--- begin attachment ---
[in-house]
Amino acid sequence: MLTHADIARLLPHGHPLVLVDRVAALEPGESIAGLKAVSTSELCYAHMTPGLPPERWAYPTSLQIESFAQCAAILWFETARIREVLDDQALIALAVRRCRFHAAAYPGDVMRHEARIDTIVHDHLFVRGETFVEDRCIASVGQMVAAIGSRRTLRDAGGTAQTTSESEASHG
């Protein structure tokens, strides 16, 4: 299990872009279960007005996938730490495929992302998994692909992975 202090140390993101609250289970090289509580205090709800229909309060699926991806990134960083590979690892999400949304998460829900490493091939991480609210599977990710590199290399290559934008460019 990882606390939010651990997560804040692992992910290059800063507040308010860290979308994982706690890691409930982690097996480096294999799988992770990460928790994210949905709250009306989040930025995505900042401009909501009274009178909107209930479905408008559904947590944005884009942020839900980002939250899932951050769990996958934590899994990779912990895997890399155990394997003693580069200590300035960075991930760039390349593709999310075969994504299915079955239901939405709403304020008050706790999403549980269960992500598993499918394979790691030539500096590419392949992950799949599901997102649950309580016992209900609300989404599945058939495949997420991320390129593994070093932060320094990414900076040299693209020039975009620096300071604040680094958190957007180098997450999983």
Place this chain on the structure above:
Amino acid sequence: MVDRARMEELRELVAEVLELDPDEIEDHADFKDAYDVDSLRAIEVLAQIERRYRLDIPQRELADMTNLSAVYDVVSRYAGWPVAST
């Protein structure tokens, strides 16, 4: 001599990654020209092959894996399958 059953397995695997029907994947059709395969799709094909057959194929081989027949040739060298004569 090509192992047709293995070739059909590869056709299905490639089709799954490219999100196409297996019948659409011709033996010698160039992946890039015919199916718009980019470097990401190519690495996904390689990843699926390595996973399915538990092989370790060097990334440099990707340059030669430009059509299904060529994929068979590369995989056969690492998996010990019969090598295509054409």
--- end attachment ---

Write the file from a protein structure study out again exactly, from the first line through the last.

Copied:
[in-house]
Amino acid sequence: MLTHADIARLLPHGHPLVLVDRVAALEPGESIAGLKAVSTSELCYAHMTPGLPPERWAYPTSLQIESFAQCAAILWFETARIREVLDDQALIALAVRRCRFHAAAYPGDVMRHEARIDTIVHDHLFVRGETFVEDRCIASVGQMVAAIGSRRTLRDAGGTAQTTSESEASHG
């Protein structure tokens, strides 16, 4: 299990872009279960007005996938730490495929992302998994692909992975 202090140390993101609250289970090289509580205090709800229909309060699926991806990134960083590979690892999400949304998460829900490493091939991480609210599977990710590199290399290559934008460019 990882606390939010651990997560804040692992992910290059800063507040308010860290979308994982706690890691409930982690097996480096294999799988992770990460928790994210949905709250009306989040930025995505900042401009909501009274009178909107209930479905408008559904947590944005884009942020839900980002939250899932951050769990996958934590899994990779912990895997890399155990394997003693580069200590300035960075991930760039390349593709999310075969994504299915079955239901939405709403304020008050706790999403549980269960992500598993499918394979790691030539500096590419392949992950799949599901997102649950309580016992209900609300989404599945058939495949997420991320390129593994070093932060320094990414900076040299693209020039975009620096300071604040680094958190957007180098997450999983």
Place this chain on the structure above:
Amino acid sequence: MVDRARMEELRELVAEVLELDPDEIEDHADFKDAYDVDSLRAIEVLAQIERRYRLDIPQRELADMTNLSAVYDVVSRYAGWPVAST
């Protein structure tokens, strides 16, 4: 001599990654020209092959894996399958 059953397995695997029907994947059709395969799709094909057959194929081989027949040739060298004569 090509192992047709293995070739059909590869056709299905490639089709799954490219999100196409297996019948659409011709033996010698160039992946890039015919199916718009980019470097990401190519690495996904390689990843699926390595996973399915538990092989370790060097990334440099990707340059030669430009059509299904060529994929068979590369995989056969690492998996010990019969090598295509054409």